I am a discount traveler in search of a trip. Breeze Airways is a newish airline started by JetBlue’s cofounder. It’s a step up from Spirit or Frontier. Seats recline, bag fees are reasonable, and there’s no charge to change or cancel a flight. Also, for better or worse, their flight attendants don’t dry hump passengers. Breeze’s strategy is to offer direct flights so cheap that you’re convinced to visit places you weren’t trying to go to in the first place. Slick! This is how we ended up in Hartford, Connecticut.
Amber and I got to Hartford at 1 a.m., three hours later than planned. We lost an hour waiting on wheelchair assistance for an elderly couple. Once we boarded, we had to deplane due to an issue with a door sensor. Breeze’s “contract mechanic” was off for the night. I don’t know the details, but I imagined a guy laid up watching Sportscenter, ass crack showing above his sagging pajama pants, answering his phone after three call attempts, like, “Yeah, aiight. Be there when I get there.”
Hartford might not be the best place for late night food. We found one spot open: the Triple-A Diner. The menu had like 200 options. From lobster and steak to omelets. We split a double burger and salad and called it a night.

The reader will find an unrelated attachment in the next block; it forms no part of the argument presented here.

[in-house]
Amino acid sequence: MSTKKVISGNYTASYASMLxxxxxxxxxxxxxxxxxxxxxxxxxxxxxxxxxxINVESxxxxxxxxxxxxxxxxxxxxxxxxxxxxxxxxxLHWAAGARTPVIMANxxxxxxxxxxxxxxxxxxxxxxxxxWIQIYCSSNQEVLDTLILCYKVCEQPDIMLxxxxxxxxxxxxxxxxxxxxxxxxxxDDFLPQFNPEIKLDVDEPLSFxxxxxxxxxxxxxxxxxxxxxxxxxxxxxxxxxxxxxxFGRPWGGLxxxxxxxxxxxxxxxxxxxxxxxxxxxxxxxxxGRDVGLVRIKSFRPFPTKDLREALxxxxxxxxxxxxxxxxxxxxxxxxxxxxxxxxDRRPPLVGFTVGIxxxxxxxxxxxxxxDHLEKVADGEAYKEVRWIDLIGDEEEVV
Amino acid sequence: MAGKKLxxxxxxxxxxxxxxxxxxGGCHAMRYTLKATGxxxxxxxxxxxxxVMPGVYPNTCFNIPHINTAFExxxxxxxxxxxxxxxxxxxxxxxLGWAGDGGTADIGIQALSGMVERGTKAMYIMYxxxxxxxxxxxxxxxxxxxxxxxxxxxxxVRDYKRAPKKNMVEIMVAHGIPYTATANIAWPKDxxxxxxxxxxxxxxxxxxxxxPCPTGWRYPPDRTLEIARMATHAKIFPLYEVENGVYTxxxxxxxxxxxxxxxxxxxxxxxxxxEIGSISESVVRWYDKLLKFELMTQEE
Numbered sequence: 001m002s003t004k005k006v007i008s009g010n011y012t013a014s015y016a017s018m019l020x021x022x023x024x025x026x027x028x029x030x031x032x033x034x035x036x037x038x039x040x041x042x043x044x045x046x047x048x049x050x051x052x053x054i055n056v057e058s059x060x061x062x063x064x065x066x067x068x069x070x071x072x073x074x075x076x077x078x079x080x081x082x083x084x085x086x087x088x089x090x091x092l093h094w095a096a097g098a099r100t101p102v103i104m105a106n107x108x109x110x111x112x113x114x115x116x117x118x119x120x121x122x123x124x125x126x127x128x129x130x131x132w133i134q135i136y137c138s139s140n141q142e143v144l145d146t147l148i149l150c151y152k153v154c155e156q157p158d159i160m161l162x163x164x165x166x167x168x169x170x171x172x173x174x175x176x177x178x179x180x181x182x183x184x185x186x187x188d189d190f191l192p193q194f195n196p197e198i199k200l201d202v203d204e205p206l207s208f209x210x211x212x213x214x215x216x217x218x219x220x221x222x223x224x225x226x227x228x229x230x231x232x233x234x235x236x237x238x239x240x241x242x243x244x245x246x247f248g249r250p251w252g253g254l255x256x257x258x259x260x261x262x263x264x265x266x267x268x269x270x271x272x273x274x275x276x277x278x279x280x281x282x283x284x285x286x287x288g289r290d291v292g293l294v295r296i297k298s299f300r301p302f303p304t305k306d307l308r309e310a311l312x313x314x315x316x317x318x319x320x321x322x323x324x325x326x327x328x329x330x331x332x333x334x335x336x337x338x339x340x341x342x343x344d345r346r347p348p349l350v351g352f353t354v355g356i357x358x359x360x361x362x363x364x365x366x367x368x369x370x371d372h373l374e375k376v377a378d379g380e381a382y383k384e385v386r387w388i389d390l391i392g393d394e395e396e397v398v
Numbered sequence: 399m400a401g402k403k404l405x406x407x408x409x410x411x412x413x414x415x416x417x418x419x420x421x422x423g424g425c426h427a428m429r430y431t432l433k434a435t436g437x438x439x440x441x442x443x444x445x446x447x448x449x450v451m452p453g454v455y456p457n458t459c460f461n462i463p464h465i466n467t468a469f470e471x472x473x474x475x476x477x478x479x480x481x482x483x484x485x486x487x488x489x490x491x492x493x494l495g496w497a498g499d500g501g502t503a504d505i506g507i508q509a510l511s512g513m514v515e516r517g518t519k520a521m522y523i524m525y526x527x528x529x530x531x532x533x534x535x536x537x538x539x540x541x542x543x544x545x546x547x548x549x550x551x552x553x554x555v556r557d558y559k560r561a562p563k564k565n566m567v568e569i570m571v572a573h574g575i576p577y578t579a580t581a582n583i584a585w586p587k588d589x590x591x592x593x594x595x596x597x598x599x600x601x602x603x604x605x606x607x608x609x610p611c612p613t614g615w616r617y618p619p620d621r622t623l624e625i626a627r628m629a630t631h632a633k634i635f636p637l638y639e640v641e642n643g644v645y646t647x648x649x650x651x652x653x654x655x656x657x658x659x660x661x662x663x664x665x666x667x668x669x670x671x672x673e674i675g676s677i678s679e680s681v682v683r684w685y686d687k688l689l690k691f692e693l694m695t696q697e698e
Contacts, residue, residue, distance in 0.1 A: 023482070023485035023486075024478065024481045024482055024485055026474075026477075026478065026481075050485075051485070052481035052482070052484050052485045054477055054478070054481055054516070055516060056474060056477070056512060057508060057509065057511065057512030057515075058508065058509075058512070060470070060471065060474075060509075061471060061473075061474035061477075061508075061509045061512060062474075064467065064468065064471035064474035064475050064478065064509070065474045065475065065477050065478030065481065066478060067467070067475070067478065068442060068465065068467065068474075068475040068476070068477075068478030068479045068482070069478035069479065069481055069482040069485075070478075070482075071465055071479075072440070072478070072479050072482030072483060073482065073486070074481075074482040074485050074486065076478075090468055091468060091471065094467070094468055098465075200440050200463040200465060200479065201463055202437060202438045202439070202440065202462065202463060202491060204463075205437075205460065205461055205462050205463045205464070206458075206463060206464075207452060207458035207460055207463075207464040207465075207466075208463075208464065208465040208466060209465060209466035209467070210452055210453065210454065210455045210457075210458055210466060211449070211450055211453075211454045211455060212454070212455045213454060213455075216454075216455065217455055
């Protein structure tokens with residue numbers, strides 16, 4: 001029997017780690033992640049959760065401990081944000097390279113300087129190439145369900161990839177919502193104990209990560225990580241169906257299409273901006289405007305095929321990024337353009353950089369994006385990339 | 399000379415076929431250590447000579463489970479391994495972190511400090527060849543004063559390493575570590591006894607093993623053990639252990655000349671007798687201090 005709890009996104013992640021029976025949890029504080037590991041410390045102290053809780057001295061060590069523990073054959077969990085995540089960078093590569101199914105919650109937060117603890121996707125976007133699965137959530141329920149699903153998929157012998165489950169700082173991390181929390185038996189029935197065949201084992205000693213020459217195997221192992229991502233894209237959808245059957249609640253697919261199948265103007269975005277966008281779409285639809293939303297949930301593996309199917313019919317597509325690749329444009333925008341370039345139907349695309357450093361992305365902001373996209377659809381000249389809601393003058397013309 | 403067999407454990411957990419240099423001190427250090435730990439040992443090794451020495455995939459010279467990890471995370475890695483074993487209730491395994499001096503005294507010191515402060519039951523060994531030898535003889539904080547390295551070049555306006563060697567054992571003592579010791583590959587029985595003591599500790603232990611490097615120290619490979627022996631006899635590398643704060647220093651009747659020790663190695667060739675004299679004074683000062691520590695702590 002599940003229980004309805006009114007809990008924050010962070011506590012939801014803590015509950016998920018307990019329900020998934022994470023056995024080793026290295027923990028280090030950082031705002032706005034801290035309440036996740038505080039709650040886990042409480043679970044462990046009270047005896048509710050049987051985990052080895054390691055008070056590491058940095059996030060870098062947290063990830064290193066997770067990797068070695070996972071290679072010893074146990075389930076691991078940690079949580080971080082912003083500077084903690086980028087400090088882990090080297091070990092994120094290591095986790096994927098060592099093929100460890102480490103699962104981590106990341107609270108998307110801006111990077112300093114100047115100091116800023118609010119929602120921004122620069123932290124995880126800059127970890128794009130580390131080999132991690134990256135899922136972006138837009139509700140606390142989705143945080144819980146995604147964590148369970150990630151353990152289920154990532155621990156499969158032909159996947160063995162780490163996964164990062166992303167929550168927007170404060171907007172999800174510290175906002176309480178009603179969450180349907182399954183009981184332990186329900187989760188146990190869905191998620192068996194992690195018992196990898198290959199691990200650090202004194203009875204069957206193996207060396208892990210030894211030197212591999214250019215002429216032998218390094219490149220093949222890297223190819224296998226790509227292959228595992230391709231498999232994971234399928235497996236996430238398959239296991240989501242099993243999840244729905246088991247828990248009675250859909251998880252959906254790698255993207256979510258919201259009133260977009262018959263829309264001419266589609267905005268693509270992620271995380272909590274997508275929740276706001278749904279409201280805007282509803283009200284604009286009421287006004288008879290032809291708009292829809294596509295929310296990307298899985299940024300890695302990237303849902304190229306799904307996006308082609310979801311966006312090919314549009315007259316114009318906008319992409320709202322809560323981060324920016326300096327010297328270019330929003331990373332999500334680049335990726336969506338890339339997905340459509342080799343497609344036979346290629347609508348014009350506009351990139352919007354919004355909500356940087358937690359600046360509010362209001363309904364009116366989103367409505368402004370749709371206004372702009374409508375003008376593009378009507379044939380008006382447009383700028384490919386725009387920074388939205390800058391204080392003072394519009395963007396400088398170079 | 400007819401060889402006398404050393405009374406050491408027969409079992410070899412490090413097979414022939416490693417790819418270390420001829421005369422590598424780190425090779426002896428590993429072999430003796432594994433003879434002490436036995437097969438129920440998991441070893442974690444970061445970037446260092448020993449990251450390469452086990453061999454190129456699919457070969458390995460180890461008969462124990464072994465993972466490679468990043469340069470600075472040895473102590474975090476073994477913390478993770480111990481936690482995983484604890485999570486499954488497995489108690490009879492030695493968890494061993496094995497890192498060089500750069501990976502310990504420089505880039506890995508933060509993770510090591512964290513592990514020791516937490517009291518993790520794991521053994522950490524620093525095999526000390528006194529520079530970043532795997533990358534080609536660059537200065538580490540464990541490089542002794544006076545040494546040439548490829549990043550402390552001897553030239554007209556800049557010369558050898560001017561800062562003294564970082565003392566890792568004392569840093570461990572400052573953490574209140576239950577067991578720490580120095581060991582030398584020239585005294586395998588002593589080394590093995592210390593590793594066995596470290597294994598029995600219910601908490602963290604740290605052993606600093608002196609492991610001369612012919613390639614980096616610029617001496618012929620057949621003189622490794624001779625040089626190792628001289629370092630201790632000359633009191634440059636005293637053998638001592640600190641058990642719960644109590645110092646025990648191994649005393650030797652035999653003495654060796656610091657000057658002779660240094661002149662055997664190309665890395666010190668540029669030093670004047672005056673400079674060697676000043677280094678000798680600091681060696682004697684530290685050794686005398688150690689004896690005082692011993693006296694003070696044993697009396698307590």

We got five hours of sleep at the Hampton Inn. I still had enough energy to make the five-hour drive from Hartford to our final destination, Montreal. I suspect it’s because the night prior I went without a Victory Golden Monkey, or red wine, or Grand Marnier, or Harlequin.
That’s rare these days. I wish I could say that I picked up a drinking habit during the worst days of the pandemic. It actually started when television streaming really took off like 10 years ago. The two go hand-in-hand. I talked to my doctor and he said I’m fine. But I’m also in an obsessive middle-age health optimization phase. Antioxidants. Nose breathing. Superfoods. Fasting. Going sober would allow for better sleep and better brain health. I might also get my abs back.
I’m down to one beer most nights (albeit the aforementioned Golden Monkey with 9.5% ABV). And maybe I have a small glass of wine after the beer. On weekends, or a day that sort of feels like a weekend, I’ll have a five milligram edible to help with sleep. But I exercise every day and eat colorful foods. That’s an interesting compromise: work out and eat well so I can mistreat my body with substances.
After three hours of driving, we stopped in Burlington, Vermont. We bought a bunch of food from Trader Joe’s and saw a rainbow from the highway. It seemed to be a pleasant city/college town and I was glad to integrate it. We fit right in with our rented Subaru Outback, though I also should have worn my Birkenstocks.
A couple of hours later, we were in Montreal. We checked into our Airbnb. It had an outdoor shower and a painting of a red woman with a big ol’ donk. The unit was in Le Plateau, the hippest of hip neighborhoods. It’s walkable with more restaurants and bars than you could visit in a year. There’s plenty of street art and local shops. Best of all, you don’t have to give much thought to getting shot. No matter how tough Drake tries to sound these days, Montreal and Canada as a whole do not adhere to the United States’ worship of guns and violent conflict resolution.